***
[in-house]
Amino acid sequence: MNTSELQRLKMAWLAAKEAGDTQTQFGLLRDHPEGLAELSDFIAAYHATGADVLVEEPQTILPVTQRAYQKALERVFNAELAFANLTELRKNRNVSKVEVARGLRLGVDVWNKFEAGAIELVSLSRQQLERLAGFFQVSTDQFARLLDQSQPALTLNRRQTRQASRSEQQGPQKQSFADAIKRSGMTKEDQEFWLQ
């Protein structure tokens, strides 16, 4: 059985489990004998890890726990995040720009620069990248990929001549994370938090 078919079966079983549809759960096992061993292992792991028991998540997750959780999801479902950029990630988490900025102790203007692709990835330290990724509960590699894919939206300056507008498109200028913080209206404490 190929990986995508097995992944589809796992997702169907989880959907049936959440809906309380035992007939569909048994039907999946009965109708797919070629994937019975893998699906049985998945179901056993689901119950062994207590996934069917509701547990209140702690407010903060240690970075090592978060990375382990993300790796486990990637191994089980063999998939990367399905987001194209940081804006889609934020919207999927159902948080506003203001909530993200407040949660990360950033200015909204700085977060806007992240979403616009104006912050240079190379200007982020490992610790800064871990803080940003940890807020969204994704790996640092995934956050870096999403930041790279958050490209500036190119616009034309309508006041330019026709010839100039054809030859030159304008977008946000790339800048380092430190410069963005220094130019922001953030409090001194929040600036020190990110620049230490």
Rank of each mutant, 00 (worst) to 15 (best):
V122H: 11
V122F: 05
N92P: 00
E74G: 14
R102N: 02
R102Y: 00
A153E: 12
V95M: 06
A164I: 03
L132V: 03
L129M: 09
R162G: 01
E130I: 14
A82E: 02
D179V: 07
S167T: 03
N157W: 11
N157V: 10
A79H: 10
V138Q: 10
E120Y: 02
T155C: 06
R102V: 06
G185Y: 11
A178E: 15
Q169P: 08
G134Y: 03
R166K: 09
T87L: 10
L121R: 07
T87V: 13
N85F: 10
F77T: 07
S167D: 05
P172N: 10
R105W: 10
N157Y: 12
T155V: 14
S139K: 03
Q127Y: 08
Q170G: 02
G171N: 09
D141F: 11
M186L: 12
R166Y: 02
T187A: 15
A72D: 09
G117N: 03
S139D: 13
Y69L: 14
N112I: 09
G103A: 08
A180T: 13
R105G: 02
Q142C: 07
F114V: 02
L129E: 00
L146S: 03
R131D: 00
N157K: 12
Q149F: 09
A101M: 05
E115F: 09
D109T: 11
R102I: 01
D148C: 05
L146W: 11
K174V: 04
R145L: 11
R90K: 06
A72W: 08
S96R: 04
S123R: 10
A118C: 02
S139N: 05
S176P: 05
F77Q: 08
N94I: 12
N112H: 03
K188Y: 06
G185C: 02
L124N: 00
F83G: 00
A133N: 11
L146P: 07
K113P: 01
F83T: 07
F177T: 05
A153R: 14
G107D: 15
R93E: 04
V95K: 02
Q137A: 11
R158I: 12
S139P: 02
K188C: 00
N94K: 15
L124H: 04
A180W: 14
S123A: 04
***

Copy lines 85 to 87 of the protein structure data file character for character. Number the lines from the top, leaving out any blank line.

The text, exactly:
G185C: 02
L124N: 00
F83G: 00